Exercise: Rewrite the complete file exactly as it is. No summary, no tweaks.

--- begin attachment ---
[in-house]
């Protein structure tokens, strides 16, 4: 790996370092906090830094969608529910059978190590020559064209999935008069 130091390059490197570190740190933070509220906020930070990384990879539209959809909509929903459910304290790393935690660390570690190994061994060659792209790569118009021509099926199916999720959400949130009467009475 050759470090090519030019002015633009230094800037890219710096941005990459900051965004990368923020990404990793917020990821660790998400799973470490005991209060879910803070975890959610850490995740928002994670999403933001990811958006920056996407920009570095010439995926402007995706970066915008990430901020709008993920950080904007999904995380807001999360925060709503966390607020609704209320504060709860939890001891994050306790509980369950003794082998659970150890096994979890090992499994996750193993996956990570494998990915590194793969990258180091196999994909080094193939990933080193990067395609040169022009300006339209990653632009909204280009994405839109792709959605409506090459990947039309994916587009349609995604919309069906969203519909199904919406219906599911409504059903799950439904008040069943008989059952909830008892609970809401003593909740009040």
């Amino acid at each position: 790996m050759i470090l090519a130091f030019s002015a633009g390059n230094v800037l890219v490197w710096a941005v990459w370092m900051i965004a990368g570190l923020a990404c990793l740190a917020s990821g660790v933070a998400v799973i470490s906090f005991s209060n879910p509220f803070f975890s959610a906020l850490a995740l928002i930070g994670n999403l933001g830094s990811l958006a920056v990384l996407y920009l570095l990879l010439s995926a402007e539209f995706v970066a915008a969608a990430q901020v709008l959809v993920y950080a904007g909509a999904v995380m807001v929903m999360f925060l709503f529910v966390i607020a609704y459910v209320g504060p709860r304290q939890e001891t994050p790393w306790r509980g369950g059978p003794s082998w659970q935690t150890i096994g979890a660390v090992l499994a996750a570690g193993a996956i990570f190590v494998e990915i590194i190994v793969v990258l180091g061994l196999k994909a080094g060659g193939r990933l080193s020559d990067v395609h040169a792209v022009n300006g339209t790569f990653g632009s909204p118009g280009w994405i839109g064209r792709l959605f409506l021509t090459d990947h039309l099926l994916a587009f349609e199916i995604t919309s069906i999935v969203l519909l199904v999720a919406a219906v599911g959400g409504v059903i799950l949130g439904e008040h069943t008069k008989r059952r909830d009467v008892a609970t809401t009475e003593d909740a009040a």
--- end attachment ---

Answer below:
[in-house]
């Protein structure tokens, strides 16, 4: 790996370092906090830094969608529910059978190590020559064209999935008069 130091390059490197570190740190933070509220906020930070990384990879539209959809909509929903459910304290790393935690660390570690190994061994060659792209790569118009021509099926199916999720959400949130009467009475 050759470090090519030019002015633009230094800037890219710096941005990459900051965004990368923020990404990793917020990821660790998400799973470490005991209060879910803070975890959610850490995740928002994670999403933001990811958006920056996407920009570095010439995926402007995706970066915008990430901020709008993920950080904007999904995380807001999360925060709503966390607020609704209320504060709860939890001891994050306790509980369950003794082998659970150890096994979890090992499994996750193993996956990570494998990915590194793969990258180091196999994909080094193939990933080193990067395609040169022009300006339209990653632009909204280009994405839109792709959605409506090459990947039309994916587009349609995604919309069906969203519909199904919406219906599911409504059903799950439904008040069943008989059952909830008892609970809401003593909740009040």
């Amino acid at each position: 790996m050759i470090l090519a130091f030019s002015a633009g390059n230094v800037l890219v490197w710096a941005v990459w370092m900051i965004a990368g570190l923020a990404c990793l740190a917020s990821g660790v933070a998400v799973i470490s906090f005991s209060n879910p509220f803070f975890s959610a906020l850490a995740l928002i930070g994670n999403l933001g830094s990811l958006a920056v990384l996407y920009l570095l990879l010439s995926a402007e539209f995706v970066a915008a969608a990430q901020v709008l959809v993920y950080a904007g909509a999904v995380m807001v929903m999360f925060l709503f529910v966390i607020a609704y459910v209320g504060p709860r304290q939890e001891t994050p790393w306790r509980g369950g059978p003794s082998w659970q935690t150890i096994g979890a660390v090992l499994a996750a570690g193993a996956i990570f190590v494998e990915i590194i190994v793969v990258l180091g061994l196999k994909a080094g060659g193939r990933l080193s020559d990067v395609h040169a792209v022009n300006g339209t790569f990653g632009s909204p118009g280009w994405i839109g064209r792709l959605f409506l021509t090459d990947h039309l099926l994916a587009f349609e199916i995604t919309s069906i999935v969203l519909l199904v999720a919406a219906v599911g959400g409504v059903i799950l949130g439904e008040h069943t008069k008989r059952r909830d009467v008892a609970t809401t009475e003593d909740a009040a």